Coronavirus travel ban is having a worrying impact on queer parents expecting children via surrogacy
The coronavirus pandemic is having a dramatic affect on LGBT+ parents who are expecting children via surrogacy, according to an open letter from the Network of European LGBTIQ Families Associations (NELFA).
NELFA aims to raise awareness of LGBT+ families within the EU, and to ensure that LGBT+ families have the same rights in EU countries as families led by opposite-sex parents.
The letter read: “The coronavirus pandemic affects us all, more than ever expected at the beginning when the first cases were reported from China.
“In the meantime, we all face some sort of lockdown: serious administrative measures, travel bans, curfews, school closings et cetera.
“We are all extremely vulnerable, but some of us struggle with additional problems.”
It said the current restrictions are causing problems for LGBT+ families in “cross-border situations”, for example international surrogacy arrangements and fertility treatments abroad.
NELFA said that one of its volunteers had reported multiple instances of queer families who have been trapped “far away from the woman who carries their child”.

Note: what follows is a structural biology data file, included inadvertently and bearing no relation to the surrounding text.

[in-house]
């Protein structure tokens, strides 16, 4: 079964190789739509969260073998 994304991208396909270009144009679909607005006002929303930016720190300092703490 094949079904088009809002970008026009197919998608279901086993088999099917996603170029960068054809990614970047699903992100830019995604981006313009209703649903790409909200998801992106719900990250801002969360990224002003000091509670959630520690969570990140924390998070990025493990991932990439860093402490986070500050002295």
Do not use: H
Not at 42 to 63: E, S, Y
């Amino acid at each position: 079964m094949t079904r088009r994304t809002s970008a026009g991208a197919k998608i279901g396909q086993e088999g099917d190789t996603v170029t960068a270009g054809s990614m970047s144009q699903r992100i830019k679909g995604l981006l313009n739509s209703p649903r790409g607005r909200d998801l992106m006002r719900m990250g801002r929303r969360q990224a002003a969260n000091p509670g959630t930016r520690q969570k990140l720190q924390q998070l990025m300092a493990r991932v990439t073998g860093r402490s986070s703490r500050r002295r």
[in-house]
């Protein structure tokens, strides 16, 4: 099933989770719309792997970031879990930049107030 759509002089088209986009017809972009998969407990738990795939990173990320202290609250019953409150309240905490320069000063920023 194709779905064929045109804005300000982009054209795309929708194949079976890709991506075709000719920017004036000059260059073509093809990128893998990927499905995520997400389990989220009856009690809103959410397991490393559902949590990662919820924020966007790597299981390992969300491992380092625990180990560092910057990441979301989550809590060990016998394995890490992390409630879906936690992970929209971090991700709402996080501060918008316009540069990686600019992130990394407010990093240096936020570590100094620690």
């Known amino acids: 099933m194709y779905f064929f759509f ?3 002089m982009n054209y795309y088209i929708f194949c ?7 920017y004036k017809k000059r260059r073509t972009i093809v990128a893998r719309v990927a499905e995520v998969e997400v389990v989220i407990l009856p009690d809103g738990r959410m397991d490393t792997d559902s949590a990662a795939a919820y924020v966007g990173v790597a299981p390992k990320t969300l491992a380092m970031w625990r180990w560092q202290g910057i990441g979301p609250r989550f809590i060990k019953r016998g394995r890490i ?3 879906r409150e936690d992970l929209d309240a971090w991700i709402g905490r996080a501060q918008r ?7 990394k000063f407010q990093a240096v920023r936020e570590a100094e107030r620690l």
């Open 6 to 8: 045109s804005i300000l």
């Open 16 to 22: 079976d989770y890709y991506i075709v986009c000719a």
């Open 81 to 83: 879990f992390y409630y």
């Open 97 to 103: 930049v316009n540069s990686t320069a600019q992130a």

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One French gay couple, and the new dads of a baby born this month, were stuck in the US, struggling to access documents they need to be able to return home.
Another French man, identified as “P”, was unable to travel to his surrogate in San Francisco. His husband caught a last minute flight out, just before the travel ban, and their surrogate is due to give birth soon. According to the volunteer, P is “desperate” to be there for the birth of his child.
One couple living in France are expecting a baby girl in America next month, but their ESTA has been cancelled and the American embassy will not answer their calls, leaving them panicked that they won’t be there for the birth of their daughter.
The NELFA volunteer added: “There are dozens of LGBT+ parents facing similar problems. Some of them are stuck in Europe with deliveries in the USA, Canada or Mexico. They are highly stressed and don’t know what to do as they are far away from the woman who carries their child.”
Some parents are already abroad with their babies and struggle to get the official documents to come back to Europe. The American government suspended all passport offers except for customers with a qualified life-or-death emergency and who need one within 72 hours.”
The organisation said it was calling “on responsible ministries and administrations to support these families and to make sure that parents and children can be together and come back safely”.